by Nathan Geffen, 1 December 2009
Substantially updated by the author on 7 December 2009
In a piece published in Rapport newspaper and on politicsweb, Rian Malan claims:
[D]on’t trust anything the Aids bwanas say – especially not Nathan Geffen of TAC. Earlier this week, he informed the world that Zuma’s mistake “was of little consequence,” because other data showed that SA’s death rate has doubled since l997. Hmmm. It is true that annual death registrations rose from 316,000 in 1997 to around 600,000 in 2007, but it is absurd to claim, as Geffen did, that this was almost entirely the result of Aids.
Over the same period, completeness of registration rose from around 67 percent to 81 percent, according to Stats SA, while our population rose by close on seven million. If you adjust the raw numbers accordingly, Geffen’s apparent doubling shrinks to an increase of around 15 to 20 percent.
He then published a correction:
Correction: I am informed that my mathematical skills leave much to be desired. If you run the numbers in the penultimate paragraph correctly, the real increase in SA death registrations since l997 comes out at around 30 percent – still a tragedy by any reckoning, but still way short of the doubling claimed by Geffen.
First let’s deal with the numbers. Malan continues to get it wrong, even in his correction. AIDS deaths have conservatively increased 6-fold since 1997, from approximately 50,000 to well over 300,000 in 2006 as well as 2007 and maybe even over 350,000, meaning the real increase in deaths -which is way more than 30%- recorded or otherwise, was mainly due to AIDS. The ASSA2003 interventions model calculates under 150,000 AIDS deaths in 2000 and about 360,000 in 2007. Approximately 45% of deaths in 2006 and 2007 were due to AIDS. The model probably overestimates AIDS deaths but not substantially enough to give any material support to Malan’s argument. But even a 30% increase in mortality, as Malan acknowledges, is a tragedy.
Far more knowledgeable people than either Malan or myself work on the ASSA model. They take into account all the available data: recorded deaths, improved registration, population growth and much else. Of course, as with any model, there is a good deal of uncertainty, but it is the best we have to go on – and far better than Malan, who admits his mathematical skills leave much to be desired.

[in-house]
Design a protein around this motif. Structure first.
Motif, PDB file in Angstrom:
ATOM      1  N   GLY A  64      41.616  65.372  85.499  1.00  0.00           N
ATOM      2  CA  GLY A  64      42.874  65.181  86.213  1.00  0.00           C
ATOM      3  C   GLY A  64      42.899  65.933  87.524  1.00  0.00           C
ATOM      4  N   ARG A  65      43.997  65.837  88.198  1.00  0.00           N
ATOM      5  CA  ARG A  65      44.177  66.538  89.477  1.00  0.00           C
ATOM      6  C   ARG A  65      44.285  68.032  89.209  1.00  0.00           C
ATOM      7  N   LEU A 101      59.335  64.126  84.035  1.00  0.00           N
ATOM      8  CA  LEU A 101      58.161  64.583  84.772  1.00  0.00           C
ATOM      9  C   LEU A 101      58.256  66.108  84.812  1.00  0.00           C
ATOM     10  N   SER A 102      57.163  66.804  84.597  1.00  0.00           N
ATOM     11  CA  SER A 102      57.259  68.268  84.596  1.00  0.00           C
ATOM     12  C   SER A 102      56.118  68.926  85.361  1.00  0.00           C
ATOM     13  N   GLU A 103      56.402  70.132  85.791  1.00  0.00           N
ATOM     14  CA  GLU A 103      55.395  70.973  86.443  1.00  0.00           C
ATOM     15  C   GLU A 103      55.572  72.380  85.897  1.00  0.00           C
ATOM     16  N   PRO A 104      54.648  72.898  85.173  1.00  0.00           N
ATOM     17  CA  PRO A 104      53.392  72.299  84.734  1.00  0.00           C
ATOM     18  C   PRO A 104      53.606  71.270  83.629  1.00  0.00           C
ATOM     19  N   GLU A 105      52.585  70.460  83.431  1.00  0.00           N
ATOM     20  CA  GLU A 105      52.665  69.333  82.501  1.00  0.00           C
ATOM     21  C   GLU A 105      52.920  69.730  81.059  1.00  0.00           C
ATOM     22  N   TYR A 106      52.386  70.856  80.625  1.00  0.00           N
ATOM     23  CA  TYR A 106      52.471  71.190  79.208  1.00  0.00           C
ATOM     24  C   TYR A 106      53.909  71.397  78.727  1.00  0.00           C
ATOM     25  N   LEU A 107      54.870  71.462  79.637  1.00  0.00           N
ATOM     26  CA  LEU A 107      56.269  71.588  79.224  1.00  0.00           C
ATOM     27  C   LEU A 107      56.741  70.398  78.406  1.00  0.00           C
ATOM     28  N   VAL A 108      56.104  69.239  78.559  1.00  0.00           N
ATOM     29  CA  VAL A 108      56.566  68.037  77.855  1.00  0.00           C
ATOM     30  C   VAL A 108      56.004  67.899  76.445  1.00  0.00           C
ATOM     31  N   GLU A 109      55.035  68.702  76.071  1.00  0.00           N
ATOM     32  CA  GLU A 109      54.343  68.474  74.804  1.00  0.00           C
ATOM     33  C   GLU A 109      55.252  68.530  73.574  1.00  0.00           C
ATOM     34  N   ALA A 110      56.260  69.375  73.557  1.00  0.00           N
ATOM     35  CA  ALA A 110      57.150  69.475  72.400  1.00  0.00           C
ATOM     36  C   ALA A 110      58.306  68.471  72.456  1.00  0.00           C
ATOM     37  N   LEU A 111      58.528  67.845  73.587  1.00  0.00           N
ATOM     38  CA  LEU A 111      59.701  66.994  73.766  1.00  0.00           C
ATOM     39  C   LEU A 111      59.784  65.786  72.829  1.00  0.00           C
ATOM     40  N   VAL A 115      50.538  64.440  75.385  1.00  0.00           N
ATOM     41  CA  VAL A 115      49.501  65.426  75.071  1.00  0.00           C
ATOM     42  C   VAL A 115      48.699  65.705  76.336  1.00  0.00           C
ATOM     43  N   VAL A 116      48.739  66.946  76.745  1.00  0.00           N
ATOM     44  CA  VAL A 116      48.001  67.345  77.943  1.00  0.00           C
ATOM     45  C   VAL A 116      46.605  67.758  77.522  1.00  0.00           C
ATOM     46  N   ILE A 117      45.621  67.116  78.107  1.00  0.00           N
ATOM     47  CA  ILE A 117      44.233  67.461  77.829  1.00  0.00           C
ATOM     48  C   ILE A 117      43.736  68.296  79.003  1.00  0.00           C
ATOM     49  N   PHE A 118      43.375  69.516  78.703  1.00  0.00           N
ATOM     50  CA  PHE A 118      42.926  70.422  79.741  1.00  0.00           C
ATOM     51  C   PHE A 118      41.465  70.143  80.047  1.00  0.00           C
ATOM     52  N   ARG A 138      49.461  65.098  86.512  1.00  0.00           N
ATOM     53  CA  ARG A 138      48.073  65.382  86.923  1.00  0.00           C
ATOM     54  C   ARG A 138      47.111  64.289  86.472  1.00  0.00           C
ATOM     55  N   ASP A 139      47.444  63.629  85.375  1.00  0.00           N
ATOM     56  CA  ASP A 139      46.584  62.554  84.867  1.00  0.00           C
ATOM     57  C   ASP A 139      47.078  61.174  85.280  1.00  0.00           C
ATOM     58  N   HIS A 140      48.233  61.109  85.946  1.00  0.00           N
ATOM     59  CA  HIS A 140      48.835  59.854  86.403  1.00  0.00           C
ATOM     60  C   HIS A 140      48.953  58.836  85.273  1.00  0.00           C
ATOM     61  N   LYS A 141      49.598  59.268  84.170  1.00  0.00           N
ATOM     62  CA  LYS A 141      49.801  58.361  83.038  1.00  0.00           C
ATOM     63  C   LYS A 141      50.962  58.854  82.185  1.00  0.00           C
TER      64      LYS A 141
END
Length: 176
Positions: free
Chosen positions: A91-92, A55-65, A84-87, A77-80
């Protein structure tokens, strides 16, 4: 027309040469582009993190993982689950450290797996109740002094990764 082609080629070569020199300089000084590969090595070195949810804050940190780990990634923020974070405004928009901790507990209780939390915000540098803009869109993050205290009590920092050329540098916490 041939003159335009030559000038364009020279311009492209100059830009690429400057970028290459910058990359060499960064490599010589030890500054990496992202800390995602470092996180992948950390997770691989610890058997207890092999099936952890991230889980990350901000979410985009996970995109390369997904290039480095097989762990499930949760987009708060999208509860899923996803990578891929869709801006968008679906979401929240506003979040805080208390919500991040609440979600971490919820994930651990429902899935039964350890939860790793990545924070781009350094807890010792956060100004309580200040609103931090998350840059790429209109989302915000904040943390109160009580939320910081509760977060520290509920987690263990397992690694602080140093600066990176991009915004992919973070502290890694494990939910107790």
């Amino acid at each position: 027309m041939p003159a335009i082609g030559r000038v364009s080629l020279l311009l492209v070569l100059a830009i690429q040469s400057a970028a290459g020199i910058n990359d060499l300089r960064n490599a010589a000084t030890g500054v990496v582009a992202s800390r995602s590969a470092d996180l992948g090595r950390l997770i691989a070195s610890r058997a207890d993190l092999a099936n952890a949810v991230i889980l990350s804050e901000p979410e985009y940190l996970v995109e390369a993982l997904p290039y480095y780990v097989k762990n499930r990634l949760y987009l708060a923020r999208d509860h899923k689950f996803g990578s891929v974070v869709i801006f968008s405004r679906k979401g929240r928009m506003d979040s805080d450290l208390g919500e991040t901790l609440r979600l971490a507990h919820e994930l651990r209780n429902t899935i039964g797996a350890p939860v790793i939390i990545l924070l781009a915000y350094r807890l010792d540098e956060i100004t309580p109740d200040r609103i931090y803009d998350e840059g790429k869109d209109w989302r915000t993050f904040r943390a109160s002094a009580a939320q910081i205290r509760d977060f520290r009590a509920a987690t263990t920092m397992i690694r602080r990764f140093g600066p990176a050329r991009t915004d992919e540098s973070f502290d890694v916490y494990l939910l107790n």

In Malan’s Rolling Stone article in 2001, his arguments were based on outright AIDS denialism, in which he confused the different types of testing algorithms needed for diagnosis of an individual patient versus epidemiological surveys. His articles in 2003 in Spectator and Noseweek continued in the same vein. But with each subsequent article he has come closer and closer to admitting the massive scale of the HIV epidemic. His latest acknowledgement that AIDS is responsible for a 30% increase in mortality is almost mainstream. Yet his writing style remains unrepentant and he brushes off as a triviality the realisation that he is not mathematically competent to do this work.
He also misrepresents me. Nowhere did I write that real deaths had doubled in my recent article that he appears to be referring to. I wrote, accurately, that recorded deaths increased over 90% in a decade. I also wrote, “Improved death registration and population growth can account for only a small portion of this increase. The vast majority of additional deaths are due to the HIV epidemic.”
This was also accurate. Only a careless reading of my wording would imply that total deaths (i.e. recorded plus unrecorded) have doubled due to AIDS. This might seem a minor “He said, I said” spat, but it demonstrates a lack of integrity in public engagement. Despite our overall success, I am sure there is much fair criticism that can be directed at TAC about our actions over the last decade, but manipulating AIDS statistics is not one of them.
Without any sense of irony, Malan concludes, “we should just ignore those who try to manipulate us with numbers and support Zuma’s common-sense plan to stamp out the disease.” Actually, it is because of the people who Malan falsely accuses of manipulation that we finally have a common-sense AIDS plan. While we were fighting for it, Malan was supporting Mbeki on AIDS.
Some of my colleagues have been weary about me responding to Malan. They have warned me that he is being a contrarian so that he can promote his new book and that a response is exactly what he wants. But I think Malan is a talented wordsmith whose writing style convinces some people; it is them I aim my articles at. But being clever with words does not imply competence and Malan’s articles on AIDS are littered with errors.
According to Wikipedia Malan stated, “I get a kick out of it when the Treatment Action Campaign attacks me; it’s like sport.” I do not know if he really said this, but it does appear to be sport for him.
For TAC and me, it is a waste of precious time and aggravating. Many people find AIDS statistics impersonal. But I do not; they remind me of Christopher Moraka, who testified before Parliament in 2000 that he could not get medicines to treat his systemic thrush. He died a couple of months later. Or Edward Mabunda, TAC’s late firebrand poet. And Ronald Louw, a close friend and brilliant lawyer based at UKZN who died a few years ago of AIDS. No, this debate is not sport for TAC or me.